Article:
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Mathematics in architecture
Mathematics in architecture
Mathematics in architecture
Mathematics in architecture
Mathematics in architecture
Mathematics in architecture
Mathematics in architecture
Mathematics in architecture
Mathematics in architecture
Mathematics in architecture
Mathematics in architecture
Mathematics in architecture
Mathematics in architecture
Mathematics in architecture
Mathematics in architecture
Mathematics in architecture
Mathematics in architecture
Mathematics in architecture
Mathematics in architecture
Mathematics in architecture
Mathematics in architecture
Mathematics in architecture
Mathematics in architecture
Mathematics in architecture
Mathematics in architecture
Mathematics in architecture
Mathematics in architecture
Mathematics in architecture
Mathematics in architecture
Mathematics in architecture
Mathematics in architecture
Mathematics in architecture
Mathematics in architecture
Mathematics in architecture
Mathematics in architecture
Mathematics in architecture
Mathematics in architecture
Mathematics in architecture
Mathematics in architecture
Mathematics in architecture
Mathematics in architecture
Mathematics in architecture
Mathematics in architecture
Mathematics in architecture
Mathematics in architecture
Mathematics in architecture
Mathematics in architecture
Mathematics in architecture
Mathematics in architecture
Mathematics in architecture
Mathematics in architecture
Mathematics in architecture
Mathematics in architecture
Mathematics in architecture
Mathematics in architecture
Mathematics in architecture
Mathematics in architecture
Mathematics in architecture
Mathematics in architecture
Mathematics in architecture
Mathematics in architecture
Mathematics in architecture
Mathematics in architecture
Mathematics in architecture
Mathematics in architecture
Mathematics in architecture
Mathematics in architecture
Mathematics in architecture
Mathematics in architecture
Mathematics in architecture
Mathematics in architecture
Mathematics in architecture
Mathematics in architecture
Mathematics in architecture
Mathematics in architecture
Mathematics in architecture
Mathematics in architecture
Mathematics in architecture
Mathematics in architecture
Mathematics in architecture
Mathematics in architecture
Mathematics in architecture
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Mathematics in architecture

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  • 1.  
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  • 7. Indians employed planning principles and proportions that rooted the buildings to the cosmos, considering the movements of sun, stars, and other heavenly bodies. vastu shastra , the ancient Indian canons of architecture and town planning employs mathematical drawings called mandalas
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  • 12. During the Indus Valley Civilization at the sites of Harappa and Mohenjo-Daro constructions took place following precise mathematical calculation
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  • 26.   Pythagoras theorem used in architecture:   The Samrat Yantra, at Jaipur, designed by Jai Singh, measuring 147′ at its base and 90′ high could calculate time within two seconds accuracy per day.  .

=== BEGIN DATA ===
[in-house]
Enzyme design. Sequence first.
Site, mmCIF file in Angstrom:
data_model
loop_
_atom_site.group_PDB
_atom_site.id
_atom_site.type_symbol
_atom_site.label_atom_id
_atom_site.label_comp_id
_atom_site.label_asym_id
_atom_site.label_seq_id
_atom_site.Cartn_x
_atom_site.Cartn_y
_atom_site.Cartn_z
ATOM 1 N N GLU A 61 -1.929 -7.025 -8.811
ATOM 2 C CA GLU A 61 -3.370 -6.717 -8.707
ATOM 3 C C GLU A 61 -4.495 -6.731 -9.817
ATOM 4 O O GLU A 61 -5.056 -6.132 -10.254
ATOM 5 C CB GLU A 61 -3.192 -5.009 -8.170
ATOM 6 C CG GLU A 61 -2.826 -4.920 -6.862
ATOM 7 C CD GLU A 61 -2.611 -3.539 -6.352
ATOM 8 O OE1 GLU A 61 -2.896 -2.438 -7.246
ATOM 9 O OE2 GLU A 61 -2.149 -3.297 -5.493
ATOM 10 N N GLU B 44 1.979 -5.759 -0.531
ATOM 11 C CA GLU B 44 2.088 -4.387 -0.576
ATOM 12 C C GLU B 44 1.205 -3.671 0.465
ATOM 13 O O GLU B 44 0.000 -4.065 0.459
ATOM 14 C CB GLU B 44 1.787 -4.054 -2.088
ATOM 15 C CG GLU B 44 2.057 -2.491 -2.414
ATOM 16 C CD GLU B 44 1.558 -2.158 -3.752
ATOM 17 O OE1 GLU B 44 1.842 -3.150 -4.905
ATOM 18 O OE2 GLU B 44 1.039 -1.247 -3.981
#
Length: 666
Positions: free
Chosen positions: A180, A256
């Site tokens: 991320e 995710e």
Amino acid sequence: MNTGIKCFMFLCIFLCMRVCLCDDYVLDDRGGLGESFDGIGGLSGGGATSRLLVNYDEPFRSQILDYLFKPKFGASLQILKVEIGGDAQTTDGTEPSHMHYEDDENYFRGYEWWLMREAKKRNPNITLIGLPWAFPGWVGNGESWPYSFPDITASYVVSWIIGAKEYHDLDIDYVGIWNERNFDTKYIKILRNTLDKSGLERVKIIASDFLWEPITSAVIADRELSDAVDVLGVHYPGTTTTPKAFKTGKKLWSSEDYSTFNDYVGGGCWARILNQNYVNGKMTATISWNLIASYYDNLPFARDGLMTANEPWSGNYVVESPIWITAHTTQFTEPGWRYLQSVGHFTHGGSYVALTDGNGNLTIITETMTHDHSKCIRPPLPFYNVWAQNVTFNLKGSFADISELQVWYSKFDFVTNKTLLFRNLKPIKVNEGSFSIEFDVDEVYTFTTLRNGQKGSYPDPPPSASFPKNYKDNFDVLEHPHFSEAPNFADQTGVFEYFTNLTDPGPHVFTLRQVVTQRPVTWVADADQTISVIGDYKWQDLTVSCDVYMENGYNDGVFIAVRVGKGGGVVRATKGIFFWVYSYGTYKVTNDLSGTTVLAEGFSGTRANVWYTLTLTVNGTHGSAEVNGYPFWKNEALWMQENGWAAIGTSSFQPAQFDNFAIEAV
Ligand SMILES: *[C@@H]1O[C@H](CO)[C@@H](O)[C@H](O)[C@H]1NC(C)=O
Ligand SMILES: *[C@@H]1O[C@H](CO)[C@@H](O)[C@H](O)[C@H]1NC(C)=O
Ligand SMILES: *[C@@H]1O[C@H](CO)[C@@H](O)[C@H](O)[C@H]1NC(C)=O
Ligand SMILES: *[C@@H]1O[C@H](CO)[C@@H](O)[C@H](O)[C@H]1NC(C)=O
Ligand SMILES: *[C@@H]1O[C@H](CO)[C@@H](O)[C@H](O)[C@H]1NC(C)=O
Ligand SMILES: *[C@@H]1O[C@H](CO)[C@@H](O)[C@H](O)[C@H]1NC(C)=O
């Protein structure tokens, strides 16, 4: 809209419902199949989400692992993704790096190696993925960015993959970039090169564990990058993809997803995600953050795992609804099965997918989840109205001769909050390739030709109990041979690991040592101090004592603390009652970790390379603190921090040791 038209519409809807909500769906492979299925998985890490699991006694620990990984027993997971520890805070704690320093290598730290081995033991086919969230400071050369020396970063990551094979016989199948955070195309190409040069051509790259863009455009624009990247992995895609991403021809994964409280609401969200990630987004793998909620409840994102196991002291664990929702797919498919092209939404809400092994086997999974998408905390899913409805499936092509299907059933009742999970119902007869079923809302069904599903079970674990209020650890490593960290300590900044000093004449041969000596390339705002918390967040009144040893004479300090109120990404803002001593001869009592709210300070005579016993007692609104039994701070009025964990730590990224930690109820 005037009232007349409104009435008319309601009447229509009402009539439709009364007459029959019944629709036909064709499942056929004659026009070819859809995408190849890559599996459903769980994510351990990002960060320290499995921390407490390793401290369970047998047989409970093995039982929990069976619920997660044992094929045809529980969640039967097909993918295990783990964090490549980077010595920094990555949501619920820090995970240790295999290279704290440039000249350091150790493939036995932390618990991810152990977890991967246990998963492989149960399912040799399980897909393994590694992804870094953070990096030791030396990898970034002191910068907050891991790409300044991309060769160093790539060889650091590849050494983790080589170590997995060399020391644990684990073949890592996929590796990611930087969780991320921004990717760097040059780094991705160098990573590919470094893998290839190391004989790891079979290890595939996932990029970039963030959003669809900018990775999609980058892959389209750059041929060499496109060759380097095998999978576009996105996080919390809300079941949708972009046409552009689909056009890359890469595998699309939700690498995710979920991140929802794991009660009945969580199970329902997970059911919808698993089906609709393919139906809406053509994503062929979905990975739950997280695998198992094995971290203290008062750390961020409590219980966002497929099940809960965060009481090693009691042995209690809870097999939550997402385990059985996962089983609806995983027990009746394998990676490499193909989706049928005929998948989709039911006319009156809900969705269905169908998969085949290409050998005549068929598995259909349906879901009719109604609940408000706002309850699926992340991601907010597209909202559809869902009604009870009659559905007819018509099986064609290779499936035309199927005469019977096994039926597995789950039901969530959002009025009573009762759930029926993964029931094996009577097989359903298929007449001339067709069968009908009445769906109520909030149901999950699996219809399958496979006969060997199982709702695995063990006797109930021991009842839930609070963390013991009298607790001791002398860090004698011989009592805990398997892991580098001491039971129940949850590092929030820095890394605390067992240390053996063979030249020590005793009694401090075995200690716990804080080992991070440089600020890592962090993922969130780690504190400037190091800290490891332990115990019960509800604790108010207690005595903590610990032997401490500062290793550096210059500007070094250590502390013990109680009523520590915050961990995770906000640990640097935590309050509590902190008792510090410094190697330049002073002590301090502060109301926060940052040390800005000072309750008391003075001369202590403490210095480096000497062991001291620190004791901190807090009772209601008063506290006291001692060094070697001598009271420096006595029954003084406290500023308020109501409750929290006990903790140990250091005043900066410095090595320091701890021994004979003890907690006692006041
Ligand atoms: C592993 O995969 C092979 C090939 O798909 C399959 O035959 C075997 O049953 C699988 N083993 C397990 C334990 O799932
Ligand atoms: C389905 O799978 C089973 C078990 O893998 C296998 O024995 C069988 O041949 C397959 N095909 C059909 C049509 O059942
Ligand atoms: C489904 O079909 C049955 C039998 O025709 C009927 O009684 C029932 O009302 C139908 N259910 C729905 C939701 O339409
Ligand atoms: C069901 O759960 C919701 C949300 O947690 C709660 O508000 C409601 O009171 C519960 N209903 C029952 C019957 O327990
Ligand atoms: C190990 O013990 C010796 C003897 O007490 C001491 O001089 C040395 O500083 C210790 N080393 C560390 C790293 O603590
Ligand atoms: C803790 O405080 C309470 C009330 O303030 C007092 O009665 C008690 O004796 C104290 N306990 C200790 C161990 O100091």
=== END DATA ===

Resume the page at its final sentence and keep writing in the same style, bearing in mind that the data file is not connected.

• 27. Jaipur was designed using the pithapada mandala as the basis. In this mandala of nine squares that represent the universe, earth occupies the central square. In the city, which consists of nine large squares, the central square is assigned to the royal palace.  They calculated and planned city map using recursion: Length of City / Length of Middle Town : 771.1/340.5 ≈ 2.26; Length of Middle Town / Length of Castle: 340.5/151  ≈  2.26
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  • 30. Great Mosque of Kairouan
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  • 32. The grand Imam Mosque
  • 33. DORIC ORDER
    • Examples of the Doric order are Parthenon the temple for the goddess of wisdom.
                                     
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  • 34. LONIC ORDER
    • Some examples of the Lonic order are the temple of Apollo at Didyma/Turkey.
    • The temple of Athena Nike was also the Lonic order.
                                       
  • 35. CORINTHIAN ORDER
    • The Corinthian order was the latest order.
    • The oldest example of the Corinthian order was the temple of Apollo at Bassae.
    • The Greeks made little use of this order.
                                     
  • 36. Here (a + b) / a = a/b= Φ ≈1.6180339887 Golden ratio is (a+b):a or a:b which is 1: Φ i.e. 1: 1.6180339887…
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  • 41. The Greek used it extensively for beauty and balance in the design of the Parthenon and other architecture:
  • 42. Φ was used it in the design of Notre Dame in Paris, which was built in the 1163 and 1250
  • 43. In India, Φ was used in the construction of the Taj Mahal,
  • 44. Φ was used in the UN building
  • 45. The CN Tower in Toronto has contains the golden ratio in its design. The ratio of observation deck at 342 meters to the total height of 553.33 is 0.618 or phi, the reciprocal of Phi!
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